REVIEW: There's much to marvel at in this musical version of the classic Dr. Seuss book. Reed Sigmund as the Grinch is a green meanie.
The first time we see the Grinch in the Children's Theatre Company's holiday production, "Dr. Seuss' How the Grinch Stole Christmas," it is just a glimpse of a part of him. We are introduced to his hand, a long, hairy thing emerging from the mouth of a cave that's vaguely reminiscent of the open maw of a devouring great white shark.
The hand, which roughly pats the head of a young dog named Max, could have been a creature in its own right, until the shaggy remainder of the Grinch emerges. Scowling, and green, with squiggly black lines rutted into his face, the Grinch resembles a crone with a very upset stomach.
That monster-movie intro, infused with comic looks, is just one of many marvelous elements in Peter Brosius' exciting staging of this musical by composer Mel Marvin and lyricist Timothy Mason that opened Friday in Minneapolis. From the music, conducted by Denise Prosek and delivered with sweet cheer by the village-size cast, to the evocative design and well-considered and -executed scenes, the show is engaging and exciting. It has wide appeal to children and adults alike.
"Grinch" is one of two Seuss productions now up at the Children's Theatre. Earlier this fall, the company opened a winning staging of "The Cat in the Hat" in its Cargill Stage.
But the mainstage is where the magic is at the moment. Reed Sigmund plays the Grinch, an outcast who lives north of Whoville, a place of contented, simple people. Their disposition riles the Grinch, who, accompanied by his brow-beaten dog, decides to stop Christmas by taking the things that people associate with the gift-giving season.
On one of his drops down a chimney, he is discovered by Cindy Lou (Natalie Tran), whose kindness and trust helps to transform him so that his shrunken heart grows back to human size.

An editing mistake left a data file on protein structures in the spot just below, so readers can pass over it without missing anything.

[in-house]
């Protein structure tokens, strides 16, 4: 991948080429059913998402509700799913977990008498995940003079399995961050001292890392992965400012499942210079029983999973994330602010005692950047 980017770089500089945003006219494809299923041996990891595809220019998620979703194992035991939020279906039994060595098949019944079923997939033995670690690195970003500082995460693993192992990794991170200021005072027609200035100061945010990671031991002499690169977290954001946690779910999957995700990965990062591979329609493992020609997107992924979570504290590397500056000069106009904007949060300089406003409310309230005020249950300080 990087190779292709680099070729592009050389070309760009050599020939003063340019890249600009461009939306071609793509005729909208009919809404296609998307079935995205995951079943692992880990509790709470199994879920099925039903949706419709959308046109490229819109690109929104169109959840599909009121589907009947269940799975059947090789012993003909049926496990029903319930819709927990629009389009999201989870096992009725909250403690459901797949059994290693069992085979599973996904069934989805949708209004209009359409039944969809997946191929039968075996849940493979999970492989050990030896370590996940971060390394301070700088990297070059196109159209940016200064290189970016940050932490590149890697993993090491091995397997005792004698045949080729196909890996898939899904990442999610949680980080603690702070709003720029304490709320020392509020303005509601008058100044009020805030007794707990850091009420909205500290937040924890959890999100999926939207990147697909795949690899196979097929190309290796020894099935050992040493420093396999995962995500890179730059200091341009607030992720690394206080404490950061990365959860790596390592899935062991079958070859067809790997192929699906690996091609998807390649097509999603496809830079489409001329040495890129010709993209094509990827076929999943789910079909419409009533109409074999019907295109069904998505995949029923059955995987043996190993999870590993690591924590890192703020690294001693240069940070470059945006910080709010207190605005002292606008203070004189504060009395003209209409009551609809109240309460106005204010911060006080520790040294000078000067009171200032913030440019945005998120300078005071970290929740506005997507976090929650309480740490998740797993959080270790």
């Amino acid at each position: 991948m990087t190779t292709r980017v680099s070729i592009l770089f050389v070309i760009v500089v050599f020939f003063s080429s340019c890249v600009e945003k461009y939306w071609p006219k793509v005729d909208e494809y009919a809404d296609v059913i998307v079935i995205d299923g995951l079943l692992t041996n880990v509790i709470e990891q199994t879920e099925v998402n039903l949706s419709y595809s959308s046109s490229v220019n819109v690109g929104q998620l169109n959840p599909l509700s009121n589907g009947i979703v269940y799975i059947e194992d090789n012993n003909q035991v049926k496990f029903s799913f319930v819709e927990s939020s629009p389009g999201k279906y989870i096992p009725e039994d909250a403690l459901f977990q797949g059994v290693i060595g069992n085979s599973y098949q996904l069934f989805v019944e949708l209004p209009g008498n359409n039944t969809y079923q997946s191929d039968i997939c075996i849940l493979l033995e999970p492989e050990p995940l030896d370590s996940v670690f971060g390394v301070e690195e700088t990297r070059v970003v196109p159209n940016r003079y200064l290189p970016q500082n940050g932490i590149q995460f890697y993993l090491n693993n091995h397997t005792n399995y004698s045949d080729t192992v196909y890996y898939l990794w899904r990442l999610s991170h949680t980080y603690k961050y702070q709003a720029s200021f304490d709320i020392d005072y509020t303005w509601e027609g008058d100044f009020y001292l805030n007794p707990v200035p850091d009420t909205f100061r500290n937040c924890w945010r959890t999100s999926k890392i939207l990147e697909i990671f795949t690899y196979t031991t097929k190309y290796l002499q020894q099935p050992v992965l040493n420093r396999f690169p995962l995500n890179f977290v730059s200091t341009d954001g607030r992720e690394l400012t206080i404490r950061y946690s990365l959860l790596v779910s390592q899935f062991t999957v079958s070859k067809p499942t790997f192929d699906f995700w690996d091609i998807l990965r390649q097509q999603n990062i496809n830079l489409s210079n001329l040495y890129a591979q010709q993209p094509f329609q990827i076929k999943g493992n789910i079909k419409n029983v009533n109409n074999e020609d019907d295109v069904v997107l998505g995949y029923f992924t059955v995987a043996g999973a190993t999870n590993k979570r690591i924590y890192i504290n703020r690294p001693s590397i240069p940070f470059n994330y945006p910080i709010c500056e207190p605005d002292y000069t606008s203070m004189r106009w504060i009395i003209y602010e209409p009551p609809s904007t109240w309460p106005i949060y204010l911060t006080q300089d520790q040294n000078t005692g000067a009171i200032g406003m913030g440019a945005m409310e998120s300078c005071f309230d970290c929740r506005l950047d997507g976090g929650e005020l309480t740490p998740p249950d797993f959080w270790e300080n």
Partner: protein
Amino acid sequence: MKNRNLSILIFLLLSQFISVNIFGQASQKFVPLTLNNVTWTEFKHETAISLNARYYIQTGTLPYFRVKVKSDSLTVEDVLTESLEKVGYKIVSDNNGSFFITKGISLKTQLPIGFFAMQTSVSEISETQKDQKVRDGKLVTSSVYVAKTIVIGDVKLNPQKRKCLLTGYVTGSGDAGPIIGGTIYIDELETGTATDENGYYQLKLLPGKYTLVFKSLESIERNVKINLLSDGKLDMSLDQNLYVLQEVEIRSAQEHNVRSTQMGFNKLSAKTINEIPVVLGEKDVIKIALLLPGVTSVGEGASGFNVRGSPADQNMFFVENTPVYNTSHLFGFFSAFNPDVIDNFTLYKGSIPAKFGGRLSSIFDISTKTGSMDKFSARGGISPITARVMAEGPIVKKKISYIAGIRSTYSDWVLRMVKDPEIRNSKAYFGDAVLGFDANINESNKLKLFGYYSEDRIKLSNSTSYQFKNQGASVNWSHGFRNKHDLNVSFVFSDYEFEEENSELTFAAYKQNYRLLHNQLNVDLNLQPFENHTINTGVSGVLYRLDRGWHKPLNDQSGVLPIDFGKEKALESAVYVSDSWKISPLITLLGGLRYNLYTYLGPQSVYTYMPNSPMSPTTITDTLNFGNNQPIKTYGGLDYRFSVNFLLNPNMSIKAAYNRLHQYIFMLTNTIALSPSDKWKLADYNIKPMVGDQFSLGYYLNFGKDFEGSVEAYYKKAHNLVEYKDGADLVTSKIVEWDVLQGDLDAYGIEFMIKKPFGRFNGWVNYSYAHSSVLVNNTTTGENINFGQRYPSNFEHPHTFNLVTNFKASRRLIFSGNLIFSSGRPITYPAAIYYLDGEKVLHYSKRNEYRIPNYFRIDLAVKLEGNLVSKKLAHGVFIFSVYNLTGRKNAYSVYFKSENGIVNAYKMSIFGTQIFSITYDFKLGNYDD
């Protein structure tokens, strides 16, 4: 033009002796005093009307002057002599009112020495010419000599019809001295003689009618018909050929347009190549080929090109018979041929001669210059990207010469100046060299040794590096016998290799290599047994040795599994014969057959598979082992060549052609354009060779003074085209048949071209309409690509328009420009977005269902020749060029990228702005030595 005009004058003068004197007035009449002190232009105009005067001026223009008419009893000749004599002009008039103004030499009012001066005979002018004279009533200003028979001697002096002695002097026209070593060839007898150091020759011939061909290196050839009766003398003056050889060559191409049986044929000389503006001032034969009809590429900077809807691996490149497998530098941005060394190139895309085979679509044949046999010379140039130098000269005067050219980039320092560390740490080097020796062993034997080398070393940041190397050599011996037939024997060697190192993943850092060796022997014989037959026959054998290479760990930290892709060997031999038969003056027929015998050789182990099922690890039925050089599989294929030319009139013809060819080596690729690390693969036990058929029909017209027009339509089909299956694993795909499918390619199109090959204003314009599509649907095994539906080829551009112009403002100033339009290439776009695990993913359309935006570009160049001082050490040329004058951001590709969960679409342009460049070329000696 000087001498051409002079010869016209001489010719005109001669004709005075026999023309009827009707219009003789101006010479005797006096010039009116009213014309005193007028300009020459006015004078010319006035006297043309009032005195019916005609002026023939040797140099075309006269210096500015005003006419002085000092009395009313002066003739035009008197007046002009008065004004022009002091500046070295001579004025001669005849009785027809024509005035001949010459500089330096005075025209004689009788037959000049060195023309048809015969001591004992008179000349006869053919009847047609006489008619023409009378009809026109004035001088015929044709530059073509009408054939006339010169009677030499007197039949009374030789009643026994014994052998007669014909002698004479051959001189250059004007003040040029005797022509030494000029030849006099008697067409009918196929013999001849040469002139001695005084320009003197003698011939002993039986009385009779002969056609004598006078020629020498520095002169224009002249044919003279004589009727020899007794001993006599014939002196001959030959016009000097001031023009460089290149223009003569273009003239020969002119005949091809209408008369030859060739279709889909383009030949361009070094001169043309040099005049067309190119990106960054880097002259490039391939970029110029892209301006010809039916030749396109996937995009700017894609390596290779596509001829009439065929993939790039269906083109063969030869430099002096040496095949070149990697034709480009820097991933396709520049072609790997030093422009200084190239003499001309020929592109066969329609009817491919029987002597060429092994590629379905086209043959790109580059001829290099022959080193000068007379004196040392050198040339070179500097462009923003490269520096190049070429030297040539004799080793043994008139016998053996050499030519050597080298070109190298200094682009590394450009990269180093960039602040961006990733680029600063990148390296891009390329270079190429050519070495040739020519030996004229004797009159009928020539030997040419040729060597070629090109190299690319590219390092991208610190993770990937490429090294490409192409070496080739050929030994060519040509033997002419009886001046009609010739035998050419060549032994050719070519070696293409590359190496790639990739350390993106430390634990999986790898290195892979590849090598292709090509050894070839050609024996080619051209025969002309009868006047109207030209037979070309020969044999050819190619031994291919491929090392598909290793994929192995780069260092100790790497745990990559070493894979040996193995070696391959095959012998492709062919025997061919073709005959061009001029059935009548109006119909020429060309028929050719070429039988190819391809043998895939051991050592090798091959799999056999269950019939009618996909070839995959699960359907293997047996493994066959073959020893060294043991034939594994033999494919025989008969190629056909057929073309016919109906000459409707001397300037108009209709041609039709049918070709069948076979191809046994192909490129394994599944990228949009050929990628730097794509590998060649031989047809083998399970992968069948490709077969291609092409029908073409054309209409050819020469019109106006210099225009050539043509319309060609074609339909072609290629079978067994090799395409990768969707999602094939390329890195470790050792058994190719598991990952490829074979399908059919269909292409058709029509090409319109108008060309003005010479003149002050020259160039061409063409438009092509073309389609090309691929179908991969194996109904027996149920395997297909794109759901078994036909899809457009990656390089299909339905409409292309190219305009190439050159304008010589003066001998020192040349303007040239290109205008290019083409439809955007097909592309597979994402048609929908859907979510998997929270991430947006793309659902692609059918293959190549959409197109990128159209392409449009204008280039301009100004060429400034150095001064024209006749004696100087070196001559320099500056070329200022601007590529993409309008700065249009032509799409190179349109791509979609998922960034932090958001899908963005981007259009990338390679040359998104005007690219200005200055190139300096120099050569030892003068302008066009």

As the up-jumping, low-singing meanie, Sigmund gives the Grinch a vivid, palpable embodiment (we see just how palpable when he runs into the audience).
He takes us through the Grinch's emotional journey, from distempered scowl to warm, caring figure. Sigmund imbues the Grinch with some mania, though he is not as maniacal as Jim Carrey in the 2000 movie version. Still, his sudden eruptions of meanness, especially to poor dog, Max (the younger version is played with earnest goodness by Brandon Brooks), are sufficiently scary. And Sigmund's phrasing on the musical numbers conveys all of character's emotions, so we feel viscerally what we know in our heads about him.
Tran is terrific as Cindy Lou, with a gorgeous, heartwarming delivery. She has great potential, and even if she struggled with pitch a little, that will be mastered as she grows.
H. Adam Harris, who plays the narrator, Old Max, is a munificent presence. He invests the story with warmth, forgiveness and Morgan Freeman-esque vocal majesty. All together, the cast, the designers and director Brosius have conspired artfully to make this "Grinch" a stealer of hearts.
Rohan Preston • 612-673-4390 • Follow on Twitter: @RohanPreston